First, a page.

We need to accept other cultures, colors, creeds, etc…. We’ll get along so much better, and probably learn some really cool things about them!

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  2. Oh yes! One of my biggest criticisms of my own school education was that, as I went to Catholic schools, we predominantly learnt about Christianity and nothing about other religions. As though all the school kids were Catholic! I always think if I were to have kids I would want them to learn about all religions, from a perspective that teaches them it’s okay if someone believes something different to you, and that it’s okay to not believe at all! And religion is just the tip of the iceberg of mutual understanding!

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  3. A intercultural communications class in schools is a great starting point but I think certain cultures, ours in the USA for one, might tend to be one-sided and biased in its curriculum. I have found no matter how much I have read or studied about a country the best way to understand the country and it’s people is to visit, feet on the ground, and actually interact with them. Sit for a meal, coffee or as we have discovered staying with them in their homes and even talking to people in the laundramats. We have opened our minds and hearts to other ways of life and in our short visits we understand them a little better and have enjoyed all the citizens we have encountered. TRAVEL is one key to break down our stereo-typical ideas we have of other cultures without the biases of an education system.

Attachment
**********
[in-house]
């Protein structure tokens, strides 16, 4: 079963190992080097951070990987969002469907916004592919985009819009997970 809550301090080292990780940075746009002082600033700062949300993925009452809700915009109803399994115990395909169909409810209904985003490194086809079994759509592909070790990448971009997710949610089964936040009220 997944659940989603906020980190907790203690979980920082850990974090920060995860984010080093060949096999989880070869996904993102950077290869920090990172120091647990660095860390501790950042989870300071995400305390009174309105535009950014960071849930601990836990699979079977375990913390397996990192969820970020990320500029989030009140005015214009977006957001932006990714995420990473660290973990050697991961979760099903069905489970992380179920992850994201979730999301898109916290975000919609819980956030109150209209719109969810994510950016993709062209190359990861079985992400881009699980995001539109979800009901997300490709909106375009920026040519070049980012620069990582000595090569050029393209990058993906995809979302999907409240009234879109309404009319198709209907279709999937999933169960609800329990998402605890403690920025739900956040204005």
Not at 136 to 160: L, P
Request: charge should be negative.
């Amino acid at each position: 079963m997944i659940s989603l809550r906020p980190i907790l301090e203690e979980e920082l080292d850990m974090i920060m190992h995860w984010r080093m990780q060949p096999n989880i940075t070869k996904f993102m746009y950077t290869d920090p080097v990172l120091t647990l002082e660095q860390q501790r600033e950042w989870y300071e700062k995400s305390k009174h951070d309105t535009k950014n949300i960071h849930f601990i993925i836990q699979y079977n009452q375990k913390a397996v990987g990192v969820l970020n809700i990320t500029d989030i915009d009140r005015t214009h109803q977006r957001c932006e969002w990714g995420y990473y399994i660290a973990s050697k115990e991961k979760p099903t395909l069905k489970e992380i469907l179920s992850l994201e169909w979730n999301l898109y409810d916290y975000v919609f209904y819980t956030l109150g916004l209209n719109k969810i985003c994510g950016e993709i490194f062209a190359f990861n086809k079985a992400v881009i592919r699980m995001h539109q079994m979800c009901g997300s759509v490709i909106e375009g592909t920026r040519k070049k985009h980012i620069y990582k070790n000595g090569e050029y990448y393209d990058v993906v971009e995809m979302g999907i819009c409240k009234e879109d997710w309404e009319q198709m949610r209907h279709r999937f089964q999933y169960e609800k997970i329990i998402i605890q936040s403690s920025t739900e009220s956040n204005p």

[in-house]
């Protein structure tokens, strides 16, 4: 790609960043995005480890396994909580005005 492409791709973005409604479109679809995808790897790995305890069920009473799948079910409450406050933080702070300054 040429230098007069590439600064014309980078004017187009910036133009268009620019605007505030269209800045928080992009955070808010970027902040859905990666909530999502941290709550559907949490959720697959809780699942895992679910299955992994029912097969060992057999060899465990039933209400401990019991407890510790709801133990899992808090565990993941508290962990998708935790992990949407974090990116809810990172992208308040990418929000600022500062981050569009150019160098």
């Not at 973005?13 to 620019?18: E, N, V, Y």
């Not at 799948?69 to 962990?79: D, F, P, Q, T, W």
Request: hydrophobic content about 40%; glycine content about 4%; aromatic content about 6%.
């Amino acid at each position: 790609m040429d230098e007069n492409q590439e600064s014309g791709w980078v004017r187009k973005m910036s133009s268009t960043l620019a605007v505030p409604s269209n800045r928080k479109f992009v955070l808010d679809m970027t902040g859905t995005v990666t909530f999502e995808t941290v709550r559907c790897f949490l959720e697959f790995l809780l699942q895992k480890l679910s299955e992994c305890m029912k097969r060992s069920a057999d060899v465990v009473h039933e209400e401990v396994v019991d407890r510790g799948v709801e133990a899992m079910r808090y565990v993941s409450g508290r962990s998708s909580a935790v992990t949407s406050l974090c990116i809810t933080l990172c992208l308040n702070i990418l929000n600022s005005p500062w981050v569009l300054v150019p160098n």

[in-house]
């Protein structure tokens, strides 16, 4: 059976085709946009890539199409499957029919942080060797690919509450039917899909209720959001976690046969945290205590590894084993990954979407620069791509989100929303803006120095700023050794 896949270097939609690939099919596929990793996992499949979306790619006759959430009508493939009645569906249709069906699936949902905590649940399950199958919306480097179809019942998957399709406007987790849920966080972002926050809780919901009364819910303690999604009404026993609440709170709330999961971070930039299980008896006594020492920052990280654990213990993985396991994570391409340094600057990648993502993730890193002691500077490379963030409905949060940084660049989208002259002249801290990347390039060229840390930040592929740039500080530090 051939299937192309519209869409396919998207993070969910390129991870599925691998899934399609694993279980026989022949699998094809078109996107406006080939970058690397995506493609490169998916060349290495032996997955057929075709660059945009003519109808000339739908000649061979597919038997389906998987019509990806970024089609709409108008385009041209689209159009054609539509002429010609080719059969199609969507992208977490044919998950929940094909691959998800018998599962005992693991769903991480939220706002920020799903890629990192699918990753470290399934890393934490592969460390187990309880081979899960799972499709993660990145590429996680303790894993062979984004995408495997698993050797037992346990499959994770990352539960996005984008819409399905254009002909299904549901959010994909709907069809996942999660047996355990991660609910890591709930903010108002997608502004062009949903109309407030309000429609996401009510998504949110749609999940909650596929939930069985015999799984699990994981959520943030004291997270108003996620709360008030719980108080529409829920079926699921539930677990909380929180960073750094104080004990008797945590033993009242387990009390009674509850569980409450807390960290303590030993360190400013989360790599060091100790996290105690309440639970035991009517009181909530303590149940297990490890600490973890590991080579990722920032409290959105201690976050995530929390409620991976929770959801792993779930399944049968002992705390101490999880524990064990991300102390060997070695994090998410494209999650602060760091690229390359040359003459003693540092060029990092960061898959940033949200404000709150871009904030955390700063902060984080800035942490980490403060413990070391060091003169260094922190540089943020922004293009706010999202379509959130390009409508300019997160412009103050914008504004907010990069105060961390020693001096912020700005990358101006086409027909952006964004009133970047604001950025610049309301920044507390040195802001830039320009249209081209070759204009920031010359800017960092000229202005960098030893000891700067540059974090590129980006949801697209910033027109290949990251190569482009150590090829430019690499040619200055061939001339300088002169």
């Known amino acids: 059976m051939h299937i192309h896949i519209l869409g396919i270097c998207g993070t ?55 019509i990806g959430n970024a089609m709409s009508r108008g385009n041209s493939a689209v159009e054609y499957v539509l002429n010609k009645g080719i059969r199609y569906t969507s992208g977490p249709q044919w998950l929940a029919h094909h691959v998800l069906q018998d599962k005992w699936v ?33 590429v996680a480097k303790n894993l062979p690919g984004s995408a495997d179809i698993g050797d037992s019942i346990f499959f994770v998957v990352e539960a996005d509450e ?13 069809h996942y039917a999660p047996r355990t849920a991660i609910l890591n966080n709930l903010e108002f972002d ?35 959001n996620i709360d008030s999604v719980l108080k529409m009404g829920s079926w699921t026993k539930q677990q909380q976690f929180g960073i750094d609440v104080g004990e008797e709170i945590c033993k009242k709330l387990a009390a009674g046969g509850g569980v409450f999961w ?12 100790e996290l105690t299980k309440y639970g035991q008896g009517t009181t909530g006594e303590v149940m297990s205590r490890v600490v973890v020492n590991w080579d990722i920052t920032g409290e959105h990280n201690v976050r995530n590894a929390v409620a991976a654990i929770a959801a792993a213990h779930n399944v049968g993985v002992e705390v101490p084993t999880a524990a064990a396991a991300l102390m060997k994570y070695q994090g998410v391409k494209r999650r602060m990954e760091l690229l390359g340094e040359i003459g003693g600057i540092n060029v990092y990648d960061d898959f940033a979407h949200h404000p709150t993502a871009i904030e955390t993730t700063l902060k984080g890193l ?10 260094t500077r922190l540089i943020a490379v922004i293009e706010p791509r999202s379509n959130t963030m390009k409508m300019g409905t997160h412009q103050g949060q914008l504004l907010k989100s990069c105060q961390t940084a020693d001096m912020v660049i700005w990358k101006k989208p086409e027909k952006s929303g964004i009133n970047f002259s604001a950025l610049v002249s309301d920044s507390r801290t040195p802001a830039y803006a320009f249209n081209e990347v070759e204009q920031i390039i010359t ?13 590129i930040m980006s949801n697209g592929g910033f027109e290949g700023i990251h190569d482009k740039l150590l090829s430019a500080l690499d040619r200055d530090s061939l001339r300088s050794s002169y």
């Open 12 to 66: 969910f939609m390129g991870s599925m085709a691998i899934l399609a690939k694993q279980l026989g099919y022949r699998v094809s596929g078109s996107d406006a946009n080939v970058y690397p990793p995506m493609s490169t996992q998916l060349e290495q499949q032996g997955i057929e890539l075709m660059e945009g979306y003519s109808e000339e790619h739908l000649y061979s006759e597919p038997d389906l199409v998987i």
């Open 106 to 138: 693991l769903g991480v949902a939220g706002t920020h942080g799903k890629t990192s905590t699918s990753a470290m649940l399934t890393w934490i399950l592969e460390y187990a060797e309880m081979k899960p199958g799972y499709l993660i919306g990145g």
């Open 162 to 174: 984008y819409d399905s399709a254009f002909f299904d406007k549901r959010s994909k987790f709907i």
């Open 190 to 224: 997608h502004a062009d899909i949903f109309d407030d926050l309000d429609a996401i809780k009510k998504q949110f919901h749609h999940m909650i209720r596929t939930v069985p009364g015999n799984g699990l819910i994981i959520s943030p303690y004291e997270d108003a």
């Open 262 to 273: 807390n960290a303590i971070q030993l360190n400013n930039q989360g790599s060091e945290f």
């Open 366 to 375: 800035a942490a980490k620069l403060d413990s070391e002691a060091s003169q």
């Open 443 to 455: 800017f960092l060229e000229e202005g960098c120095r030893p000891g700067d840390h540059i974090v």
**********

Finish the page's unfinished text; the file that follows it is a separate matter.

Liked by 3 people

    • I absolutely agree with you: That travel is key. However, children don’t always have that opportunity, and as we need to teach this to children in particular, we need to start in school. Especially, if the parents can’t manage that task themselves. And I think that cross-cultural cooperation is key in this relation:)

      Liked by 1 person